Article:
But, guess what? Wimalasurendra, originator of the Aberdeen-Laxapana Hydroelectric Scheme, ‘found to his surprise that he was bypassed & not given any responsibility,’ for the scheme.

     Promising to generate more electricity than entire demand of the city of Colombo, the project began but was again blocked in 1927. In fact, it had been repeatedly blocked since the beginning of the century, despite the ‘expectations, estimates, designs & plans’ being ‘in circulation’ to tap ‘the potential of falling water of the Aberdeen Falls of the Kehelgamu Oya & of the Laxapana Falls of the Maskeli Oya. And it kept being blocked.

     The Aberdeen-Laxapana Hydroelectric Scheme was finally allowed to enter into operation in 1950. ‘It was during this long delay in construction and implementation, that a Ceylonese discourse… emerged and evolved’, imagining ‘an industrially advanced Ceylon… made possible by the less expensive & mass-scale electrical energy generation capacity of the hydroelectric scheme’, writes BD Witharana in his thesis, Negotiating Power & Constructing the Nation: Engineering in Sri Lanka.

     While the media try to blame the delay only on differences between Wimalasurendra and his white overseers in the colonial government, ‘Wimalasurendra took it even further to position the delay in a discourse on the business & economic interests of the English imperialist project.’ At that time, in 1924 electricity was provided to Colombo at the highest prices in the region by England’s Boustead Brothers. Boustead fronted for a whole web of interests linking then-power equipment provider Pearson (now educational publisher, examiner & immigration gatekeeper) to Shell & British Petroleum (BP), and the role of Singapore as regional economic policeman. Those who represented those interests were knighted & rewarded, and their children & grandchildren & great-grandchildren still rule, still pontificate.

• This week saw further steps to sell off control over energy, and the generation of electricity. With India’s foreign secretary S. Jaishankar in town, it may be enlightening (to use an energy-appropriate metaphor) to learn how India’s ‘power policy’ was ‘liberalized’ under the US (read: IMF/ World Bank) dictat. India is showing us where Sri Lankans are being taken, or dragged.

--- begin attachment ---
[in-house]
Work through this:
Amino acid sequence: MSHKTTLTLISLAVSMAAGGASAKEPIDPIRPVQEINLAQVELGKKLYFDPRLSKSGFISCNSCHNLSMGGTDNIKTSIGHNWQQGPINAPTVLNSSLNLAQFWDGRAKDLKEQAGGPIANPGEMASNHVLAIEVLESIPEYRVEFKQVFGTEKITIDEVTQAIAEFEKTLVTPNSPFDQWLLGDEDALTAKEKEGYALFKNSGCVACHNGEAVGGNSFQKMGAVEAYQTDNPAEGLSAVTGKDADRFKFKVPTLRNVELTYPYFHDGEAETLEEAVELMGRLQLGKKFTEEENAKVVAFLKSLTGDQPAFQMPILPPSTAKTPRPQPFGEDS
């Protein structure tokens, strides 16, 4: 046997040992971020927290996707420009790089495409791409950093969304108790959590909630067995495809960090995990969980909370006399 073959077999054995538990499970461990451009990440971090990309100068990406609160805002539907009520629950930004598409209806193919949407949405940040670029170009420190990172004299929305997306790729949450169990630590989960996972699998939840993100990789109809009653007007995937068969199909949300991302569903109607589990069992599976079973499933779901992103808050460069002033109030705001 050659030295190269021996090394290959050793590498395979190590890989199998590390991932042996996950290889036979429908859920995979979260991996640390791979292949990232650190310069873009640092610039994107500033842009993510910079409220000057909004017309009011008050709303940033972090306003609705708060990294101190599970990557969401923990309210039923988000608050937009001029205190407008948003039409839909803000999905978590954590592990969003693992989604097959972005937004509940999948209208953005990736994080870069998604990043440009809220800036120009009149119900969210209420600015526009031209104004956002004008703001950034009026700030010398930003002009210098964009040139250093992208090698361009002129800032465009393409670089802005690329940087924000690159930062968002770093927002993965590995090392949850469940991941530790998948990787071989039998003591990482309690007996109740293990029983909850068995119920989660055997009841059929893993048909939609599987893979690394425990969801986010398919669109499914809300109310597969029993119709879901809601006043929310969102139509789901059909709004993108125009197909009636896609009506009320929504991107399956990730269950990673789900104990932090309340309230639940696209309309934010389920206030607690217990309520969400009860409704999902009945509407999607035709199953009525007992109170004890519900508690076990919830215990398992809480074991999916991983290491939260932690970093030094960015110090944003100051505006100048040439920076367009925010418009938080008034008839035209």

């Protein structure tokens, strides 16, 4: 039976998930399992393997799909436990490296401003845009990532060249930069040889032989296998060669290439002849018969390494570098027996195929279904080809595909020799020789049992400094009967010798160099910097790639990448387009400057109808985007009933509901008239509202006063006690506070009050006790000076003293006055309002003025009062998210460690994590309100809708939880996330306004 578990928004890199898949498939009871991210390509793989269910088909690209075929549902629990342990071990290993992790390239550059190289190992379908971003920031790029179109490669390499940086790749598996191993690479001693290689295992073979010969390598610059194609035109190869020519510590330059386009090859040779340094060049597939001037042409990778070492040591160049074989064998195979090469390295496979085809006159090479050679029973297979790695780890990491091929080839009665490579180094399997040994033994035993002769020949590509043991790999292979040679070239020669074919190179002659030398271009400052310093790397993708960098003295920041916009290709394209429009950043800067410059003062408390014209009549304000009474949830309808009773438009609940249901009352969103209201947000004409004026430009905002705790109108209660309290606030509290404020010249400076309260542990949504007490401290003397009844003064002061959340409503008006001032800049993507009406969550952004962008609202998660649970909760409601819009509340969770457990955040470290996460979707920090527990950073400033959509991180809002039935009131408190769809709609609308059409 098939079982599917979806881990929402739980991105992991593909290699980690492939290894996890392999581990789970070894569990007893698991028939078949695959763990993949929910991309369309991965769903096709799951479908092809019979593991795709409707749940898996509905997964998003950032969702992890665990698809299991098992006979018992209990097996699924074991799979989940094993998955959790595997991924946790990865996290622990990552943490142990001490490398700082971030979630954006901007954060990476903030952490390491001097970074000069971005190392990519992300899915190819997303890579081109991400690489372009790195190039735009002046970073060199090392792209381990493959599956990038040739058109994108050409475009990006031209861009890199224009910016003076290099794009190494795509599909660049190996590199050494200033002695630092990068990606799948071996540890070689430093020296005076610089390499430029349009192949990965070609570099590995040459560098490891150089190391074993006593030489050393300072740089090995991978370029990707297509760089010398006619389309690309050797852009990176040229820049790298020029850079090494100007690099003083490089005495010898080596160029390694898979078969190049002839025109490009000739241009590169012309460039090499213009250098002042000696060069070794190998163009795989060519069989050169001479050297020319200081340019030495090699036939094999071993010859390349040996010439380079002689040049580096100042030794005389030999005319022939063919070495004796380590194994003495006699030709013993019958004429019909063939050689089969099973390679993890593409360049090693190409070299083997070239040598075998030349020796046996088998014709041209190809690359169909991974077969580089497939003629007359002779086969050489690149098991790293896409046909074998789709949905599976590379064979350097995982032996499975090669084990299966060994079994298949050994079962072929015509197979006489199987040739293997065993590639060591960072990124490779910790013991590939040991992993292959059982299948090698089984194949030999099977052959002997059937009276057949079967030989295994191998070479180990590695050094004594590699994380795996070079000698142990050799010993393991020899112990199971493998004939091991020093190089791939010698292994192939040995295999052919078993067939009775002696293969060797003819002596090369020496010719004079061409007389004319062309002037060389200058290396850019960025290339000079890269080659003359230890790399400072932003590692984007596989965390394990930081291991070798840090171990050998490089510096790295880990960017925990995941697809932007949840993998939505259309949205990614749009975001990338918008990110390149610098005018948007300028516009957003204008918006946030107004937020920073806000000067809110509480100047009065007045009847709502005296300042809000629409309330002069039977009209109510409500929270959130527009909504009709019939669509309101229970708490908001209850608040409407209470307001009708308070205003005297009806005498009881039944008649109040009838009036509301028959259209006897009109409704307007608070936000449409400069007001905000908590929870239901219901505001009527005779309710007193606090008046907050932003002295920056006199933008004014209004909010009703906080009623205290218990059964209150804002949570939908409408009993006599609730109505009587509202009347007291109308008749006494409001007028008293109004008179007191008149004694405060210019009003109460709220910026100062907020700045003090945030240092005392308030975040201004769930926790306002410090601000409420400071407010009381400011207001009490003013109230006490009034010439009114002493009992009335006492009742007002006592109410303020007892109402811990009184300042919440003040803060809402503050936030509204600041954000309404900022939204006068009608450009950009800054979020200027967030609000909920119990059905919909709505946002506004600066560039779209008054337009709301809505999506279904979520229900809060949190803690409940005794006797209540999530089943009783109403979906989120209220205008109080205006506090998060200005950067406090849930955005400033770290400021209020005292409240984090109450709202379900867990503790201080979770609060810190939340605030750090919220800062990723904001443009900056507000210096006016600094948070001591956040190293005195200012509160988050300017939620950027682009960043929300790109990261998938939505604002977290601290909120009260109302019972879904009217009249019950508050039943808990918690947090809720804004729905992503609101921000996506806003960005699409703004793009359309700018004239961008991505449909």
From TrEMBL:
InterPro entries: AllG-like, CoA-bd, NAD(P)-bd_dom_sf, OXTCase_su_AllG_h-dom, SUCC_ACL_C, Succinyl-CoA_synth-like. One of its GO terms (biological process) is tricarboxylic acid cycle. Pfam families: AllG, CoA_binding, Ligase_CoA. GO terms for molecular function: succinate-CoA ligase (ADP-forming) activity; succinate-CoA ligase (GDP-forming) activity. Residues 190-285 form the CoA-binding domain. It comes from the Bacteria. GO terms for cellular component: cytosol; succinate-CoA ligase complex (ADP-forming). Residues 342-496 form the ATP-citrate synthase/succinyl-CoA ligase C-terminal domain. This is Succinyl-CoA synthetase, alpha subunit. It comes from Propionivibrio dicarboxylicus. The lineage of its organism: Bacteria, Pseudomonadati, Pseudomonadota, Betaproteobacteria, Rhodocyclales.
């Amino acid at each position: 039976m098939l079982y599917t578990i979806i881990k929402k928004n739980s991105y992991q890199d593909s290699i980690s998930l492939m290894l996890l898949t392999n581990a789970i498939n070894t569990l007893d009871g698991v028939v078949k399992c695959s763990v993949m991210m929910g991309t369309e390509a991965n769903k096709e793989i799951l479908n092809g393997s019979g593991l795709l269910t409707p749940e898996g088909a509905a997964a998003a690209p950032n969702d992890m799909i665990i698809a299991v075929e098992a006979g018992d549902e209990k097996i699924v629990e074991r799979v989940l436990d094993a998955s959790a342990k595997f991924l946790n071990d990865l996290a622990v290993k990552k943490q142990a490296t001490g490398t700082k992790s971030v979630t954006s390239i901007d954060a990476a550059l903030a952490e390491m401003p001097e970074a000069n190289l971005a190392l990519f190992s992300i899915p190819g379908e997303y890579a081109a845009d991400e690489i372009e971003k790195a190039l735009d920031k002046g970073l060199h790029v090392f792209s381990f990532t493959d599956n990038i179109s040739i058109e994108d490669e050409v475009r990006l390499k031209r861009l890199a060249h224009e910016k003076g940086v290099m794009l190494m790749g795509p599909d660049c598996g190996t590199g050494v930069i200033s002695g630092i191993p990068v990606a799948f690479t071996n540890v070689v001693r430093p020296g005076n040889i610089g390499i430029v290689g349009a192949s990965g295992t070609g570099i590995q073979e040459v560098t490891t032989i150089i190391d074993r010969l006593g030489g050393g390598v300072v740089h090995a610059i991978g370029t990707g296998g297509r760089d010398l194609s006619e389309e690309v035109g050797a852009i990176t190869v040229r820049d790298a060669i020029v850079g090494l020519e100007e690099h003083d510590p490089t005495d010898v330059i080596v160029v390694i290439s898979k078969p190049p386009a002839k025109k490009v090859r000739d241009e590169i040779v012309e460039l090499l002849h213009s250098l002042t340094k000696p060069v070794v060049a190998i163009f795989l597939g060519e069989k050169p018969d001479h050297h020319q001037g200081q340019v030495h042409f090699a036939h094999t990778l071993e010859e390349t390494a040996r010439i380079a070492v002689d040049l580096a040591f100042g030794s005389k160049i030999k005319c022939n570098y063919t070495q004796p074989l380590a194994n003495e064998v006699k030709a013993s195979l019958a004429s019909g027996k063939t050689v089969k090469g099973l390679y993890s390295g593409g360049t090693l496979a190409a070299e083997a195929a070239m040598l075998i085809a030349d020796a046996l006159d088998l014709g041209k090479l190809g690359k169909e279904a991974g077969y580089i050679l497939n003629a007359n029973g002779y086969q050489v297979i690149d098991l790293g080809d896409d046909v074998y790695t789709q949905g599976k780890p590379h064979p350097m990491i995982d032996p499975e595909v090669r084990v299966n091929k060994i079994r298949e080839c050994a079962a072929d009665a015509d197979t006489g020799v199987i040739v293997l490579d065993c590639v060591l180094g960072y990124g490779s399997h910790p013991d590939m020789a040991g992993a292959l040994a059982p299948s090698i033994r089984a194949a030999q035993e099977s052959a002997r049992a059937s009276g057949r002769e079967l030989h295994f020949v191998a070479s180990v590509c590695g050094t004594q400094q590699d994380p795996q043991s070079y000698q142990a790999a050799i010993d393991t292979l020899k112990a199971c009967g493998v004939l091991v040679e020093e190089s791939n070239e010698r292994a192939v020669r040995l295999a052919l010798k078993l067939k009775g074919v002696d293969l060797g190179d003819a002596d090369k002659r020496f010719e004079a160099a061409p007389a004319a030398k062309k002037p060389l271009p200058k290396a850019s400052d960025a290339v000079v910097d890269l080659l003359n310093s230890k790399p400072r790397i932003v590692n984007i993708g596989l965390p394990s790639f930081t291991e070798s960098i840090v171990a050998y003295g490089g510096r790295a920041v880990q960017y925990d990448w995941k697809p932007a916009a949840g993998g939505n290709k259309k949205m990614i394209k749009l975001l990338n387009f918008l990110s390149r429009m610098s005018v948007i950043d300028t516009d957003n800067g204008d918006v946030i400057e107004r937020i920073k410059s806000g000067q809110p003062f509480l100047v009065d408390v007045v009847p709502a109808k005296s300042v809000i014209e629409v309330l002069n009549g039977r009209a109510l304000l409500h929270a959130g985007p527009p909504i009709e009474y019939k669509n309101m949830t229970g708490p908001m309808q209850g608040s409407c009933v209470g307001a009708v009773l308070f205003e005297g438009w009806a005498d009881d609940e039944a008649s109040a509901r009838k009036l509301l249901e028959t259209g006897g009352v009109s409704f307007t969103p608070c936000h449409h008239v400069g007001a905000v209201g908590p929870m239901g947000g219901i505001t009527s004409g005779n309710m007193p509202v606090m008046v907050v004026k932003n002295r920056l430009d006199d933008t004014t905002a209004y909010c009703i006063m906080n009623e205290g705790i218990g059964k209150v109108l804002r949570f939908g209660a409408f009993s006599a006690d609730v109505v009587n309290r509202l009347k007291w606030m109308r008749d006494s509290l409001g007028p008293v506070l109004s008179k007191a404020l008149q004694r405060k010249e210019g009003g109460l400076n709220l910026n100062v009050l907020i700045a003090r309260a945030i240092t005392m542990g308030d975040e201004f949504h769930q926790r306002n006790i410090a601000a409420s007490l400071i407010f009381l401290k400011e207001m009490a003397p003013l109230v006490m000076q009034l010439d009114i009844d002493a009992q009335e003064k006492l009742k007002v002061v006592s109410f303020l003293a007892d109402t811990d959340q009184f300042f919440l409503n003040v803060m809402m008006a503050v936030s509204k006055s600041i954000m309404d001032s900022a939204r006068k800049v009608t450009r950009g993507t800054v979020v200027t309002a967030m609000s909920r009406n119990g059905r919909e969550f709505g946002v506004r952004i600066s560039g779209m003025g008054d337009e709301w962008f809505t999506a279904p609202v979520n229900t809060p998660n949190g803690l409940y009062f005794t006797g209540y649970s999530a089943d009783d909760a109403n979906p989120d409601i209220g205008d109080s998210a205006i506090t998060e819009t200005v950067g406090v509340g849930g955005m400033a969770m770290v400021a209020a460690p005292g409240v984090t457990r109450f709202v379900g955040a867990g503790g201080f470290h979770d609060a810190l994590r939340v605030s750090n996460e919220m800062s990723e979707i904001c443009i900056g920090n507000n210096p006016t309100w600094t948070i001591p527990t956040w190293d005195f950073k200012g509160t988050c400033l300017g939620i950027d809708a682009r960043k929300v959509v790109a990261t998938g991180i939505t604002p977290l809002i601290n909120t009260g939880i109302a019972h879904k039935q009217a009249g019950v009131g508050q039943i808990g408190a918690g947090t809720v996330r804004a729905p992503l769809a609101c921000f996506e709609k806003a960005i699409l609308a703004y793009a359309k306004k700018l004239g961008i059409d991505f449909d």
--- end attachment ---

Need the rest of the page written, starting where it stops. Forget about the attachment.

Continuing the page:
Gautam Adani would have thought Sri Lanka has no energy economists

or power system engineers, or would have wrongly assumed that all

Sri Lankan professionals were as mediocre as the politicians or the

handful of administrators & engineers in the power sector and its

2 regulatory institutions they directly deal with.’

– T Siyambalapitiya, see ee Industry,

Adani Wind Power Project: Making a curvy record

straight needs more than quoting tweets

We are also like Adani. We are also not aware of the various kinds of economists we have and who they serve. Openly promoted economists in Sri Lanka are part of the public-relations mafia – salaried apologists for the old colonial import-export plantation economy that continues to this day. Some are honest:

‘Since much of [power] reform is politically unmarketable…

the implementation game is all about stealth, ambiguity,

& following the path of least resistance.’

– World Bank Consultant (see ee Random Notes)

Indeed, the present IMF ‘communication’ strategy’ is all about stealth & strategic ambiguity, and attacking the weakest in society.

     Analyze ee’s weekly News Compendium. Like the legendary moneylenders who gather often in their inner sanctums  – at least weekly & monthly – to whisper the unofficial interest rates, the media within and across its domain of misinformation & disinformation, has to plan its ‘optics’ & ‘talking points’. Like sky rockets they splutter, zoom and burst and flair and fall uselessly into our nostrils and back to earth. This week, business headlines were about purported wealth taxes on houses, even as the Japan’s car import lobby displayed its muscle. In the outside world, the imperialists are threatening ‘tactical’ nuclear war on West Asia, Europe & East Asia.

     ‘Salaries must increase when overcoming a crisis’, headlines an Ada Derana interview this week apparently quoting US-Embassy-darling & Central Bank Governor Nandalal Weerasinghe. Yet this is decidedly unclear. Does he mean increases only for Central Bank Officials? & does he mean before or during or after the crisis is overcome? & how about increasing other wages too? Take the ongoing choreographed nadagam about hiking plantation wages. There’s little talk about investment in modern technology, which could assure higher wages? Yet Weerasinghe as one of the leading advocates of the ‘neoliberal economic model’, declares, ‘the manufacturing economy is a myth!’

     So with all this, is it so difficult to find out exactly what these unelected bureaucrats are up to? Let’s examine the recent marketing of the 17th IMF ‘reform’ & the mercantile commitment to democracy:


‘When it comes to implementing trade reforms,